A Career in Conservation Grazing?
Ruth Dalton, Northern Field Officer, Rare Breeds Survival Trust
If you go down to the woods today…or to the moors, meadows or mosses, you may be surprised to find some large hairy herbivores quietly munching away at the vegetation. “Conservation grazing” is the term given to the use of livestock to restore or maintain rare habitats, and is on the increase in the UK. Some conservation organisations own and manage their own flocks and herds for the sole purpose of grazing, some work in partnership with graziers who provide livestock. “Conventional” farmers may include conservation grazing animals as part of their farm enterprise under government agri-environment schemes which encourage good stewardship of the land.
For someone interested in getting involved with this sort of work, volunteering or serving an apprenticeship with a farmer or grazier is vital if you don’t already have a background in livestock management. Most of the skills you will need are practical, and learnt by experience. It will help if you already have excellent observational skills, a good dose of common sense, and the ability to be calm and patient in a crisis.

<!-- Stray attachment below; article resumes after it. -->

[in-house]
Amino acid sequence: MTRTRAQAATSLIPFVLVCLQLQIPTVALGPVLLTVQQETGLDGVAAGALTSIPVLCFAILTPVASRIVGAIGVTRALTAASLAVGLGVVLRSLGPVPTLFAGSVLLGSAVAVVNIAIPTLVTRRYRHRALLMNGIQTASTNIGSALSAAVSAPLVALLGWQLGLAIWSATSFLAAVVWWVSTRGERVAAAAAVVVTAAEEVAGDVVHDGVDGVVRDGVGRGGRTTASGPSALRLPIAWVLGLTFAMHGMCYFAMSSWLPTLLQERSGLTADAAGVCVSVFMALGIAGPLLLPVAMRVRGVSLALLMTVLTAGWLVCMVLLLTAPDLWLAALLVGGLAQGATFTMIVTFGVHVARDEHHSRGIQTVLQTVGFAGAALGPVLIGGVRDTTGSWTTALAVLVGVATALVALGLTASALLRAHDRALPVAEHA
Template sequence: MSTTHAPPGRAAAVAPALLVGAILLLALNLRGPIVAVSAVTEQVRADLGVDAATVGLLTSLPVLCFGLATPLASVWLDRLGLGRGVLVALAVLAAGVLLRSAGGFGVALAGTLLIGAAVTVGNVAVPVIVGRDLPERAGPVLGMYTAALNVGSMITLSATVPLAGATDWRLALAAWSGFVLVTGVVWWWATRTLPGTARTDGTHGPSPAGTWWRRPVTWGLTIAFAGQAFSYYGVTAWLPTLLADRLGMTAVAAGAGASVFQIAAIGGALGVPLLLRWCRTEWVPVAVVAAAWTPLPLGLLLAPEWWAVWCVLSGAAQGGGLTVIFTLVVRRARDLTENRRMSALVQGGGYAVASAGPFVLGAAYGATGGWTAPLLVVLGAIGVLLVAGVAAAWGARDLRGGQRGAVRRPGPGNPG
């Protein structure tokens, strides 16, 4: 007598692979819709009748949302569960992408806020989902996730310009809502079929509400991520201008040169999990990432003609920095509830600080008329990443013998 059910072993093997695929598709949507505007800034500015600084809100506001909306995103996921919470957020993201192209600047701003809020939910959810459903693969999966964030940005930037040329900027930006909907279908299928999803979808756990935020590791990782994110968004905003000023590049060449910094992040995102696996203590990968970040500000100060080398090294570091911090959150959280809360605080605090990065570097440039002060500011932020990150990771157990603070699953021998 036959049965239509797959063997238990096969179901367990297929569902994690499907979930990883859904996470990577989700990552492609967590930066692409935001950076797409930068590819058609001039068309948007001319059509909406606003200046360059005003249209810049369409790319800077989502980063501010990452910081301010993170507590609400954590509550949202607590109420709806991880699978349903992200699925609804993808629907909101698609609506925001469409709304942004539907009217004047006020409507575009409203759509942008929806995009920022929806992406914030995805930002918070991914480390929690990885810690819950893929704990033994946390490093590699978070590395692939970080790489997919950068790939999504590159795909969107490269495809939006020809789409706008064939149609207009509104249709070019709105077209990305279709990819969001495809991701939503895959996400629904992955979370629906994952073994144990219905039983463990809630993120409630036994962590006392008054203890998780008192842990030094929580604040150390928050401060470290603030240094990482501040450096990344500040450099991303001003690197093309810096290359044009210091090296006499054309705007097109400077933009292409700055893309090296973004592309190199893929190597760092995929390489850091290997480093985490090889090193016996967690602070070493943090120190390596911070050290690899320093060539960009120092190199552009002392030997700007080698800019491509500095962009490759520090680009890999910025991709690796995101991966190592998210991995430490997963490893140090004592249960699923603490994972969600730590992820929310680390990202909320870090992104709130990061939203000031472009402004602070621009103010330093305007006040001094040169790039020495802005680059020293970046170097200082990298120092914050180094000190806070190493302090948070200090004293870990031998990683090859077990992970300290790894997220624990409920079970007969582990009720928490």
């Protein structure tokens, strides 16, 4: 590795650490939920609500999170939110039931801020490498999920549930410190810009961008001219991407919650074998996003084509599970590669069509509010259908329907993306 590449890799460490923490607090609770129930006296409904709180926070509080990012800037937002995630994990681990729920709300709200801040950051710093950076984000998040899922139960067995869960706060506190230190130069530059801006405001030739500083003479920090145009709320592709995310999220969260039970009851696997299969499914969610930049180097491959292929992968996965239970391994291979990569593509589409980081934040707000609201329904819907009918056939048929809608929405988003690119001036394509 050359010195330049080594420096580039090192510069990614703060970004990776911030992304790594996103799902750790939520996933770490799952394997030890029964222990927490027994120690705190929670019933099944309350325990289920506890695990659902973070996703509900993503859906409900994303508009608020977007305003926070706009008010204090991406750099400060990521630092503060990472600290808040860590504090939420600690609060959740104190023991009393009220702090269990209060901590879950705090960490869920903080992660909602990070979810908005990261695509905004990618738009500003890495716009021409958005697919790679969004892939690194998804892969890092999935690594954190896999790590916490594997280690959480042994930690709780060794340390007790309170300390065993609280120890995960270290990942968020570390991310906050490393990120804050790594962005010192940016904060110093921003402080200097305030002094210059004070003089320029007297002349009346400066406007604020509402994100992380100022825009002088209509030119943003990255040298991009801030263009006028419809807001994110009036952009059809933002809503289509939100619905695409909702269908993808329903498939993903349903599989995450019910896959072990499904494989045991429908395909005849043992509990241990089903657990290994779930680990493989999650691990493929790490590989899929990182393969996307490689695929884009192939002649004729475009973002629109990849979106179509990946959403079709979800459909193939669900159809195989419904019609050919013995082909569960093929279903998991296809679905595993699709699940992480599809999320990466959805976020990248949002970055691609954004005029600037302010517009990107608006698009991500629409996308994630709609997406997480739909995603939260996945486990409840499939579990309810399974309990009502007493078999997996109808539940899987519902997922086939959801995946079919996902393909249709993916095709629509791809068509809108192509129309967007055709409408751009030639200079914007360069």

It’s also important to be able to balance the needs of the animals with the requirements of the habitat being grazed. The main impacts of grazing animals are threefold: the removal of plant material through the actual grazing or browsing process; the nutrient enrichment of the soil through dunging and urination; and disturbance of the ground by trampling hooves. Undergrazing can result in the dominance of a few coarse species that are usually kept in check by grazing and the growth of unwanted scrub. Overgrazing can lead to desirable plant species being eliminated and so-called weed species increasing, often through the introduction of too many animals or the use of the wrong type of livestock.